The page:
When a function returns a tuple, for example the value of the function and its derivative:

f(x) = x^2, 2x
y, ∂x = f(2.)

Would you expect this pattern to work with broadcast or map? For example:

y, ∂x = f.([2., 3.])
y, ∂x = map(f, [3., 4., 5.])

Unfortunately this doesn’t work. The return type is an array of tuples, not tuple of arrays. For my automatic differentiation library I had to code my own version of broadcast (called it multicast) that does returns a tuple. But I still miss the short syntax of .( and the chain / fuse broadcast performance improvements.

What do you think is the right behavior for broadcast / map from the user perspective?

If you map or broadcast over multiple Float64 arguments to f(), you should expect to get back some values, each of which has type Tuple{Float64, Float64}. Julia collects them as a 1-dimensional array.

You can get the result as a tuple of tuples, and keep the concise syntax:

> f(x) = x^2, 2x
f (generic function with 1 method)
> ( f.([1.0, 2.0, 3.0])... )
((1.0,2.0),(4.0,4.0),(9.0,6.0))

Unfortunately, it depends. Both an array of tuples and a tuple of arrays can make sense depending on the use case. The current definition of broadcast is the most consistent one, as it always returns an array with entries equal to the result of f. What you do is a little fancier, since you special-case tuples.

It is not the same to work with tuples of tuples or array of tuples when you keep constantly using different portions of your returns in different calculations. It could well be that derivatives are a special case when the forward pass keeps working on the values and then the backwards pass of the chain rule is working on the partial derivatives only. That’s why I’m asking if anybody else feels strongly about it.

FWIW, I think the current behavior is the right generic conception of what map should do in the sense that your proposed behavior is helpful in some recurring special cases, but would generally not make sense when applied to arbitrary functions. I think implementing your proposed semantics might even require making Julia’s type-inference system part of the official semantics of the language, which is, I believe, strictly off-limits as far as language proposals go.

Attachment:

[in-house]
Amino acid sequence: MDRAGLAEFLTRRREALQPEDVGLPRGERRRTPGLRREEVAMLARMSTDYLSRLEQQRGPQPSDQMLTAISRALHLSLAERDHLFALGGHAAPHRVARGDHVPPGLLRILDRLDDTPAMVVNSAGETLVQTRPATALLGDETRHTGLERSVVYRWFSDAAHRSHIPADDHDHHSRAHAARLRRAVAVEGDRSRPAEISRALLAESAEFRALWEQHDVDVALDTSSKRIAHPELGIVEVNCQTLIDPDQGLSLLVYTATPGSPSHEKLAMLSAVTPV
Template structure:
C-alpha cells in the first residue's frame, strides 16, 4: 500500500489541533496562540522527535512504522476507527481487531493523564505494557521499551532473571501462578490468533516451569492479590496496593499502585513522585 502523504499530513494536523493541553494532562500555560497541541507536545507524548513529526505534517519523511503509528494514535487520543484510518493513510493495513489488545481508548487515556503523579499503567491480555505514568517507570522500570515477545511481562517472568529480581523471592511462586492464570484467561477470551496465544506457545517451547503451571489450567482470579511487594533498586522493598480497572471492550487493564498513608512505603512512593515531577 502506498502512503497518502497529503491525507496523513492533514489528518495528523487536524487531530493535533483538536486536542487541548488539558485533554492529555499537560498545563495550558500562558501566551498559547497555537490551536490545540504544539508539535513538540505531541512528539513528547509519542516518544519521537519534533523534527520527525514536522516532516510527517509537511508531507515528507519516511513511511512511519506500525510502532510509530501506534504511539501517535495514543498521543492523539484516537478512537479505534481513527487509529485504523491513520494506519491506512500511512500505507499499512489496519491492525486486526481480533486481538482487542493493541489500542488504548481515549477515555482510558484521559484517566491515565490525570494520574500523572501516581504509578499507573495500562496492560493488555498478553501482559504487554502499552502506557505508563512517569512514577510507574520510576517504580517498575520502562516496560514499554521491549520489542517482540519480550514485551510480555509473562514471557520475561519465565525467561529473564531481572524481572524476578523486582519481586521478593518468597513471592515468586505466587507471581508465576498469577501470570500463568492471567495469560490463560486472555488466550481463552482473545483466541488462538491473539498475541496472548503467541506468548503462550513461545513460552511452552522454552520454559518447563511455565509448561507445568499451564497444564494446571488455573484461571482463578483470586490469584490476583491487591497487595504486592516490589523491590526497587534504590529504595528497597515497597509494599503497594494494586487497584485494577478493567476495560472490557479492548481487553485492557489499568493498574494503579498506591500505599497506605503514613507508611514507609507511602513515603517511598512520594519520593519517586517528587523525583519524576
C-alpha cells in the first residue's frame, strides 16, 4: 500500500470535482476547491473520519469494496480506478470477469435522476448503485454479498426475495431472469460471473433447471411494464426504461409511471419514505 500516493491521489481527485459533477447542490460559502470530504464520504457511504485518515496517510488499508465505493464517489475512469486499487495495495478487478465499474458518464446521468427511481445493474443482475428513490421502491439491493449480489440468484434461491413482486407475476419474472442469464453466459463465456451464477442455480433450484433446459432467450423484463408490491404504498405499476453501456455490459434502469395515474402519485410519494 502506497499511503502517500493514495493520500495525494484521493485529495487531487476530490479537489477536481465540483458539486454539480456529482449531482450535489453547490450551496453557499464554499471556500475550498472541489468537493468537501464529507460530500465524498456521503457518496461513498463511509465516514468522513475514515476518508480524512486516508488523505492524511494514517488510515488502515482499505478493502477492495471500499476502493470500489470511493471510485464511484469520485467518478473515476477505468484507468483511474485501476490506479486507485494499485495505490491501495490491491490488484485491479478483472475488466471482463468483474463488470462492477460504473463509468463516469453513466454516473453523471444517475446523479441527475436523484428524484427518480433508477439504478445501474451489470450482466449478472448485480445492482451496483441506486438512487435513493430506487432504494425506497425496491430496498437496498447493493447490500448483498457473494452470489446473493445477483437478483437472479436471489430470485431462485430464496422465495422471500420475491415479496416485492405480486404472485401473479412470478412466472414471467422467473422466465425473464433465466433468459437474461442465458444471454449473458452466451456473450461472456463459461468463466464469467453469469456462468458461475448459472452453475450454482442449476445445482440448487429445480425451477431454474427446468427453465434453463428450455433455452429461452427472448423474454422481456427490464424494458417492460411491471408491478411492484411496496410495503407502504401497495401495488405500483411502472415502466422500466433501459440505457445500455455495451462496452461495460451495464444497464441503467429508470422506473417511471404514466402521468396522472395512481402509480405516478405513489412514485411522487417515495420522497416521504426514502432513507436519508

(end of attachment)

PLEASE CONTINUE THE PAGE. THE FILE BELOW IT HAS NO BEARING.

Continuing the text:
To see why I believe your proposal breaks down, suppose that we know that f(x::Int) returns a Dict. Should the result of applying map(f, [1, 2, 3]) be an Array{Dict} or a Dict{Array}? The latter behavior would require much stronger invariants than the former: returning Dict{Array} would only make sense if the keys in the result of f(x::Int) were invariant with respect to all values of x.

You don’t even need to consider something weird like Dict to see how strongly your proposal depends upon implicit invariants. If f(x::Int) = ntuple(z -> z - 1, x), how would your new map function work? What would it do if the return type for f weren’t known to the type system? Even in your original example, the type system needs to know a lot about f before it can decide to return two arrays rather than one.